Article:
After all the work of making the body, making such a big mistake was so discouraging that I nearly felt like giving up then and there. Gluing the neck on straight is probably the most important part of building a string instrument, and I had screwed it up. A crooked neck negatively affects not only the appearance of the finished product, but also the comfort/playability for the player.
But alas, what was I to do?
I decided to just continue and use this as a learning experience. They say that average people learn from their own mistakes, and smart people learn from other people's mistakes. So when making your electric ukulele, learn from my mistake and don't skimp out on the clamps. It'll keep your work a lot neater and will help you avoid mistakes like mine.
Step 8: Painting
After the stress of making and gluing the neck, painting the ukulele was a relief!
I chose to stick to the classic cherry-red color of the es-335 that many guitarists, including Chuck Berry, were fond of. There are many iconic paint jobs that you can take inspiration from though, like Eddie Van Halen's "Frankenstrat" or the classic "Vintage Sunburst" effect.
When painting the ukulele, you have two choices regarding the paint job: polyurethane or nitrocellulose finish. Polyurethane is the cheaper of the two and is commonly used in Fender guitars, while Nitrocellulose finish is more expensive and used in high-end guitars. Nitrocellulose is also a lot harder to work with, and I've heard horror stories of nitrocellulose taking up to a year to fully cure. So for me, polyurethane was the obvious choice.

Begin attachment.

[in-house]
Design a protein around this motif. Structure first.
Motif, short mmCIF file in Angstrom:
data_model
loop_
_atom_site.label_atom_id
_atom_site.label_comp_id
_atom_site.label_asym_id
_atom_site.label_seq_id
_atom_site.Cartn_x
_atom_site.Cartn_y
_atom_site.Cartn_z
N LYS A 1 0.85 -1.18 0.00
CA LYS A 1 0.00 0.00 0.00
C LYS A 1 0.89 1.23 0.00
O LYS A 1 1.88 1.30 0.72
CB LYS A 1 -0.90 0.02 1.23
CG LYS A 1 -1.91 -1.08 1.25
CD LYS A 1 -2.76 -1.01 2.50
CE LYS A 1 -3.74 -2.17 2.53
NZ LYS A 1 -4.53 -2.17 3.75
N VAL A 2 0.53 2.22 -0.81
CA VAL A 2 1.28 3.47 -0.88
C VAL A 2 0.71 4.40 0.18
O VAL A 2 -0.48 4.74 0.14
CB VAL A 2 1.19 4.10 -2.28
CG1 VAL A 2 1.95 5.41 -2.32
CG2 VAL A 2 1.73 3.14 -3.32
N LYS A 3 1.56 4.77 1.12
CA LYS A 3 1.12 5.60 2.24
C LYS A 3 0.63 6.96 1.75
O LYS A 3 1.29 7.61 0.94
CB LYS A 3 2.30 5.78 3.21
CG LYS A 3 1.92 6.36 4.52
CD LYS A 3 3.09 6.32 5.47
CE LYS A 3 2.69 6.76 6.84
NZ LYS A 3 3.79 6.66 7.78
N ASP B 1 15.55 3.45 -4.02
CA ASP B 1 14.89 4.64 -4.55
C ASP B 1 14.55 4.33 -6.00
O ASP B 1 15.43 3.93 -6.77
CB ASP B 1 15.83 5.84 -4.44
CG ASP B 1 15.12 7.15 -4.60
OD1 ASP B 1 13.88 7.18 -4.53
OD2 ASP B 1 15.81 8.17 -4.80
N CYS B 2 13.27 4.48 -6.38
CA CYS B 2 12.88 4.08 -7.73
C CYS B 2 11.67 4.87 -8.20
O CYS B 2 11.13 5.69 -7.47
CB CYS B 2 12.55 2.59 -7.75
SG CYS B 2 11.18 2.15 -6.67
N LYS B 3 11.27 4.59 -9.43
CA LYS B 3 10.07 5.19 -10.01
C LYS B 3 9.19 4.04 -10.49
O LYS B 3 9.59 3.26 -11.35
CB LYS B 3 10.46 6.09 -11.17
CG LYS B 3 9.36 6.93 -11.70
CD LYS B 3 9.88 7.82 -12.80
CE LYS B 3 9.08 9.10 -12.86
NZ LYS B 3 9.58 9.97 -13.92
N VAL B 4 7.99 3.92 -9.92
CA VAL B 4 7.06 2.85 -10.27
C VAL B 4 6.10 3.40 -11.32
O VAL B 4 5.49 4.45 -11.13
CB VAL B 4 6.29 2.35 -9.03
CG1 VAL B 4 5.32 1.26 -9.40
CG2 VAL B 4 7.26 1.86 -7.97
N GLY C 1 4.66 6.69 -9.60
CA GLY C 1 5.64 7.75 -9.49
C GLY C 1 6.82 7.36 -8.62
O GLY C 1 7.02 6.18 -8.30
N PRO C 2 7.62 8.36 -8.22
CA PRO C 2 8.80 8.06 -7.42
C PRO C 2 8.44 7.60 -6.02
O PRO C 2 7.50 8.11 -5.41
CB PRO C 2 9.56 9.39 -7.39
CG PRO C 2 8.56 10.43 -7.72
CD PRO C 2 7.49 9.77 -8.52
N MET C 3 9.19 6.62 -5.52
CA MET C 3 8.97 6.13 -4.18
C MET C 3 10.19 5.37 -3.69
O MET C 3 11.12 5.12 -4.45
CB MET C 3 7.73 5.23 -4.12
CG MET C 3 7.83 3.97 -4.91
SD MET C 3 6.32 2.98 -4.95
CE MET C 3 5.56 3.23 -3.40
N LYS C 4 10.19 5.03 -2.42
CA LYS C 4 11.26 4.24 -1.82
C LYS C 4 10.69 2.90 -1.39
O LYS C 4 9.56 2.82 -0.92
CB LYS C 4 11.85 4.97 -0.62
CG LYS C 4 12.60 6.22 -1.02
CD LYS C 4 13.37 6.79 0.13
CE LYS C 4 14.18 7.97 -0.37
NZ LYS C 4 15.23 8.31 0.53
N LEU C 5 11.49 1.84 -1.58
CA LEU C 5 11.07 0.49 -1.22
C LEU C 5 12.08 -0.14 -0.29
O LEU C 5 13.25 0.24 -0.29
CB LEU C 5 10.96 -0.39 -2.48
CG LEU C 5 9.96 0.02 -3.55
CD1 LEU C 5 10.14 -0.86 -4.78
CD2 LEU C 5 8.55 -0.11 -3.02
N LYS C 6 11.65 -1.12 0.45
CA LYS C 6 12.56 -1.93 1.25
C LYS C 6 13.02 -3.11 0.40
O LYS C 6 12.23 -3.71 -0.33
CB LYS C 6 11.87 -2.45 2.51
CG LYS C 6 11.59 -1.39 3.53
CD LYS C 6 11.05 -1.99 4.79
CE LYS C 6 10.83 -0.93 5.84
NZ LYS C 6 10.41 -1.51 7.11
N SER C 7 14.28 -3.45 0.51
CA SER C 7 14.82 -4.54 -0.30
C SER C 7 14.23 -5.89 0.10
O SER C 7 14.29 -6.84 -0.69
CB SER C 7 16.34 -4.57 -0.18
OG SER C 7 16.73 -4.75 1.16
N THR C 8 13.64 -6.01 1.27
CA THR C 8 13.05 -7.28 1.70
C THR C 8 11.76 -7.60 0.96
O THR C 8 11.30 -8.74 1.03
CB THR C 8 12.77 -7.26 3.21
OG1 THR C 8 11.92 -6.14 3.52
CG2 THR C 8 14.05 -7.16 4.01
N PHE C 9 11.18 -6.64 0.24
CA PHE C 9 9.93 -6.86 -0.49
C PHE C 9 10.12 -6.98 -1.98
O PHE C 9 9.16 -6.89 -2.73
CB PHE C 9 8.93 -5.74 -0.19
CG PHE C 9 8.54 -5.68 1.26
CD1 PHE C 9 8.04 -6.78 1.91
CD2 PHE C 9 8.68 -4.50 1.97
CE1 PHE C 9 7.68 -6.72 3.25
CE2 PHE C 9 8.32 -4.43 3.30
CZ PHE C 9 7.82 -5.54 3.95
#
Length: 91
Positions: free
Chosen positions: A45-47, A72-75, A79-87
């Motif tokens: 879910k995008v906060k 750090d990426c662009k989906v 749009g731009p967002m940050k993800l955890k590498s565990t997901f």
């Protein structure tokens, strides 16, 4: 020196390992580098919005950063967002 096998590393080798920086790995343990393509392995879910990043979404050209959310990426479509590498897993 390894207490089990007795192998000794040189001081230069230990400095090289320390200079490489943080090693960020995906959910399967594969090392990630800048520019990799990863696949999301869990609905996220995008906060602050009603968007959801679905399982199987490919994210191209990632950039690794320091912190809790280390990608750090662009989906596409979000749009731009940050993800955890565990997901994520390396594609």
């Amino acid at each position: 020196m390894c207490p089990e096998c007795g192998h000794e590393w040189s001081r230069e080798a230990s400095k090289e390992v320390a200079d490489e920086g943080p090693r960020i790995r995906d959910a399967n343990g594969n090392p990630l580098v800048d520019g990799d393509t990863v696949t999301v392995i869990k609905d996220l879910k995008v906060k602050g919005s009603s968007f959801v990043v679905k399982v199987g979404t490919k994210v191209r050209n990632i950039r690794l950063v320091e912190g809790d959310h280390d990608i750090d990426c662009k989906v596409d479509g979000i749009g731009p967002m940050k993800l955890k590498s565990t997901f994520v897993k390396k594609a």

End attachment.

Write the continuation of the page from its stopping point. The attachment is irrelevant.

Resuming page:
I first applied masking tape to the portions of the ukulele I didn't want painted, then lightly sanded and washed the bare wood of the ukulele. Once that dried, I applied about four coats of white primer, allowing the paint to dry completely in between coats. I also used fine wet/dry sandpaper between each layer to ensure the smoothest quality possible.
I used progressively finer grit sandpaper as I started applying the red paint, starting at 600 grit and ending at 2000 grit. In all, I applied about 4 layers of red paint. I also applied some white paint to the edges, after which I applied several coats of polyurethane coating to the whole thing.
For a more detailed look at painting a guitar, This guy has written a great instructable on how to achieve a mirror finish, by using a combo of rubbing compound, guitar polish, and jewelers rouge.
Step 9: Pickup Cavities
My original plan was to wind my own pickups, but that soon proved to be more trouble than it was worth. The way pickups are made is by winding a hair-thin copper wire around a magnet several thousand times, until the pickup becomes electromagnetic.
After attempting to do this and then having the wire snap on the 2,623rd wind, I threw the unfinished pickup at the wall, lit my entire house on fire in a fit of rage, and then came to my senses and just bought a pair of pickups online for ten dollars.
This brought up a new challenge though, because I had cut pickup cavities in my ukulele only big enough to fit the size of my homemade pickups. The pickups I bought online were too big to fit the cavities I had cut, meaning I would have to make the cavities bigger. Add the fact that my ukulele was already painted, and that I was armed with only a jigsaw, and this made it very easy for the ukulele to get damaged.